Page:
Suzuki Smartly Retreats from U.S. Car Market

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After years of losing money in the U.S., the Japanese vehicle manufacturer Suzuki Motor Corp, which has significant representation in the First Trust NASDAQ Global Auto ETF (NASDAQ: CARZ), has decided to leave the country’s auto market while its American subsidiary is preparing to file for chapter 11 bankruptcy under a pile of $346 million debt, half of which it owes to its parent, against assets of $233 million.  The company recorded a net loss of $15.8 million in the U.S. in its previous year from a sale of just 26,000 vehicles, as opposed to Toyota’s (NYSE: TM) American subsidiary, which sold 1.6 million vehicles in the same period. Suzuki always struggled in the U.S.  Even a shift towards bringing in their own vehicles (versus the old strategy of rebranding others' cars), which garnered positive press and customer satisfaction could not overcome a market that, regardless of 2012’s results, is simply not that strong. 

Even at its 2008 peak, Suzuki had just 0.6% market share, but the financial crisis, which was followed by slow growth in the U.S., along with the strong Yen and poor brand image, made things even more difficult for the company. Moreover, several consumer reports had already identified Suzuki’s lack of safety features, and it also lost a lawsuit in this regard, which forever tarnished the company’s image. However, it will continue to sell its popular motorcycles, ATVs and marine boats in the U.S.

Being the fourth Japanese vehicle manufacturer in the U.S. nets you a market share of just 0.2%. On the other hand, its peers such as Toyota, Honda (NYSE: HMC) and Nissan not only have a much larger share in the U.S. market, but their sales numbers have increased by 30%, 22.5% and 10.5% respectively in the first ten months of 2012 as compared to last year. Suzuki, on the other hand, saw its sales numbers diminish 4.7% in the corresponding period. 

Suzuki’s decision should surprise no one.  Its customers can take some relief in knowing that the company aims to honor all product warranties, in spite of the bankruptcy.  But Suzuki’s strength has never been the U.S. but rather emerging markets and Japan, particularly in Southeast Asia where its cheap small cars are incredibly popular. Its Indian operation, Maruti Suzuki, is its biggest overseas business unit. In its recent earnings release, amid the growing labor unrest that caused the temporary shutdown of two facilities, the company posted a 5.4% year-on-year decline in quarterly profits to $42 million.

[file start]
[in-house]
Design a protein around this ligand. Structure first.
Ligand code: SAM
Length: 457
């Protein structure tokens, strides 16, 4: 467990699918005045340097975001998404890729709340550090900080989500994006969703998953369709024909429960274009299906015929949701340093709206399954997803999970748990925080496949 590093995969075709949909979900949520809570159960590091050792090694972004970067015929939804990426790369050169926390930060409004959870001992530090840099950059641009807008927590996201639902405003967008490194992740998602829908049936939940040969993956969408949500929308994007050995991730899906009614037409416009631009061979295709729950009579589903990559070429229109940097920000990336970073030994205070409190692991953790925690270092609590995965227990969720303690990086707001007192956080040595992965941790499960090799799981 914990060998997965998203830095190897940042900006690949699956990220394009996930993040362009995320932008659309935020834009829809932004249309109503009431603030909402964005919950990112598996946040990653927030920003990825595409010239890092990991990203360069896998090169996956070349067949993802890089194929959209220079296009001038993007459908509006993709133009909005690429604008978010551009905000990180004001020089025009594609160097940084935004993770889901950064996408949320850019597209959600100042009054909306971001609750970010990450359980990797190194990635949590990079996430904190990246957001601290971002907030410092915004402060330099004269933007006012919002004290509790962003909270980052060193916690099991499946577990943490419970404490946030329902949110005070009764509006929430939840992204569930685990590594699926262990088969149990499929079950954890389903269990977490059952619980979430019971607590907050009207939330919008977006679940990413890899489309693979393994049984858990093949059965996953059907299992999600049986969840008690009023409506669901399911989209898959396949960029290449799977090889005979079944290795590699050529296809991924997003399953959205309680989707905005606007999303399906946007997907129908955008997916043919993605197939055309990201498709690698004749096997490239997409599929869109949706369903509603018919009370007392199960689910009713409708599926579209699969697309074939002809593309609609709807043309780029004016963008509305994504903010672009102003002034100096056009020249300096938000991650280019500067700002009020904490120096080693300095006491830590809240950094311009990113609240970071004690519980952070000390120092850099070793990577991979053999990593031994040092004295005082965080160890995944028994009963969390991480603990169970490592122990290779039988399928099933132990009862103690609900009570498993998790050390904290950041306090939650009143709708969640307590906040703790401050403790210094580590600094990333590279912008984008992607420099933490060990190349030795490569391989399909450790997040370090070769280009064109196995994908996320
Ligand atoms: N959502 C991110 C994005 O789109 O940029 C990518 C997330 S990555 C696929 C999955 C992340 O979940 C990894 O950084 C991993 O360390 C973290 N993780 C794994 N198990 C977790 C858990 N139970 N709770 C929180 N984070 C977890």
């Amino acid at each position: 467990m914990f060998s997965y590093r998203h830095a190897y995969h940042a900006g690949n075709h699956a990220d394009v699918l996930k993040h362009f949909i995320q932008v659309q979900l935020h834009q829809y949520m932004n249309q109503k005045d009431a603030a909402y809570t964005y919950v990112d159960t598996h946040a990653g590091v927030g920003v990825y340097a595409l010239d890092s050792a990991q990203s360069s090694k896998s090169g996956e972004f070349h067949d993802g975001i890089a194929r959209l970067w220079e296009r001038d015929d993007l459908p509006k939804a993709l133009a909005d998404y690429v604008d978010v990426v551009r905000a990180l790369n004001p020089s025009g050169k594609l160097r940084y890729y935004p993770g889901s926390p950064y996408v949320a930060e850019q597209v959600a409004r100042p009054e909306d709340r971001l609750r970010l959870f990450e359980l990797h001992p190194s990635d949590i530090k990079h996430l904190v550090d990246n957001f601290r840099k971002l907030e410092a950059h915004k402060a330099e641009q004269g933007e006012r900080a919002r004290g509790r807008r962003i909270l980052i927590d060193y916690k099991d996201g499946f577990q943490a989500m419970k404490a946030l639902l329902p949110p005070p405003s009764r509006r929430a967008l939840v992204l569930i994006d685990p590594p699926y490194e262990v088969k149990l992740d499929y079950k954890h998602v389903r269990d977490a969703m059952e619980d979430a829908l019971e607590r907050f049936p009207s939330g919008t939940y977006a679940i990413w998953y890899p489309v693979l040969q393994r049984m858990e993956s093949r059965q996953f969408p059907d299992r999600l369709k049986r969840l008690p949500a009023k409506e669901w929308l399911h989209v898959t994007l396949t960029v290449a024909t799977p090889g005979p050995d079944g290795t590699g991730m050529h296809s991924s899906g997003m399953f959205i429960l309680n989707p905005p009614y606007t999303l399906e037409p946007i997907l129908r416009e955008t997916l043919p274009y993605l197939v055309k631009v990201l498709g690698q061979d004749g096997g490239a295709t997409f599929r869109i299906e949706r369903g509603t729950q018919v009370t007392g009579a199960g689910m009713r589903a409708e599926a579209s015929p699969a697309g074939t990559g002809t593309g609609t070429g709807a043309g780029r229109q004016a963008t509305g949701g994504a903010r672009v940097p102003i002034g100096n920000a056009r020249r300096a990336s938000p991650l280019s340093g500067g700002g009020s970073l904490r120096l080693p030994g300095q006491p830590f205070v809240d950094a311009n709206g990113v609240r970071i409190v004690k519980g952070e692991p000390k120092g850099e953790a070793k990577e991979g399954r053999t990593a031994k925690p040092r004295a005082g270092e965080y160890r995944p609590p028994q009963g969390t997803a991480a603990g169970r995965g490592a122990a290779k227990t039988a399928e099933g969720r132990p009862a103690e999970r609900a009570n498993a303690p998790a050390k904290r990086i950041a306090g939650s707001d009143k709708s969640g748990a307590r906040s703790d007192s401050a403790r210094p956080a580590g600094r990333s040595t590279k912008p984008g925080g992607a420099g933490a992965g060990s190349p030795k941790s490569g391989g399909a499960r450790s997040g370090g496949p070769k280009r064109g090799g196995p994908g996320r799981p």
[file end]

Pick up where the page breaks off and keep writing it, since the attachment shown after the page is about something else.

Given the labor unrest and the hike in fuel prices, the analysts were expecting poor results, but Maruti Suzuki remains the number one car manufacturer in India and was therefore able to post better than anticipated results. Similarly in Pakistan, where it operates as Pak Suzuki Motor Company and has 63% of the local market share, it posted a 75% increase in profits for the period of January to September 2012 to $12.26 million from a sale of more than 127,000 units.

<table> <tbody> <tr> <td> <p><strong> </strong></p> </td> <td> <p><strong>Suzuki</strong></p> </td> <td> <p><strong>Toyota</strong></p> </td> <td> <p><strong>Honda </strong></p> </td> <td> <p><strong>Nissan</strong></p> </td> <td> <p><strong>CARZ</strong></p> </td> </tr> <tr> <td> <p><strong>P/E</strong></p> </td> <td> <p>18.34</p> </td> <td> <p>13.2</p> </td> <td> <p>12.95</p> </td> <td> <p>16.95</p> </td> <td> <p>9</p> </td> </tr> <tr> <td> <p><strong>EPS</strong></p> </td> <td> <p>1.22</p> </td> <td> <p>6.04</p> </td> <td> <p>2.35</p> </td> <td> <p>1.02</p> </td> <td> <p>N/A</p> </td> </tr> <tr> <td> <p><strong>Yield</strong></p> </td> <td> <p>0.84%</p> </td> <td> <p>1.70%</p> </td> <td> <p>3.10%</p> </td> <td> <p>N/A</p> </td> <td> <p>0.74%</p> </td> </tr> <tr> <td> <p><strong>ROA</strong></p> </td> <td> <p>3.59%</p> </td> <td> <p>2.31%</p> </td> <td> <p>2.43%</p> </td> <td> <p>3.03%</p> </td> <td> <p>N/A</p> </td> </tr> <tr> <td> <p><strong>ROE</strong></p> </td> <td> <p>6.01%</p> </td> <td> <p>7.96%</p> </td> <td> <p>7.88%</p> </td> <td> <p>11.15%</p> </td> <td> <p>N/A</p> </td> </tr> </tbody> </table>


Since the beginning of 2012, Suzuki’s stock in Tokyo has risen by 12.5% while CARZ is up 3.3%. Toyota has enjoyed a banner comeback year in the U.S. and has regained the lead from GM (NYSE: GM) as the world’s largest car maker by volume.  However, the situation unfolding in China is cause for concern for all Japanese automakers.

Out of the four firms, Nissan has the highest exposure to the Chinese market, followed by Honda where sales of Japanese cars have plummeted because of the islands dispute. Both companies have reduced their annual profit forecast by as much as 20%. On the other hand, Toyota is in recovery mode after its facilities suffered shutdowns following the Japanese earthquake and tsunami. Unlike Nissan, Toyota has upped its year end forecast to $9.7 billion despite the falling sales level in China.

Suzuki, by excising the failing U.S. market, strengthens the company to stave off growing competition in the markets where they are stronger, namely India, where Honda has big plans, and can shift resources to improving their position in the sub-compact segment of fast-growing markets like Indonesia and Thailand.  


PeterPham8 has no positions in the stocks mentioned above. The Motley Fool has no positions in the stocks mentioned above. Motley Fool newsletter services recommend General Motors Company. Try any of our Foolish newsletter services free for 30 days. We Fools may not all hold the same opinions, but we all believe that considering a diverse range of insights makes us better investors. The Motley Fool has a disclosure policy. Is this post wrong? Click here. Think you can do better? Join us and write your own!

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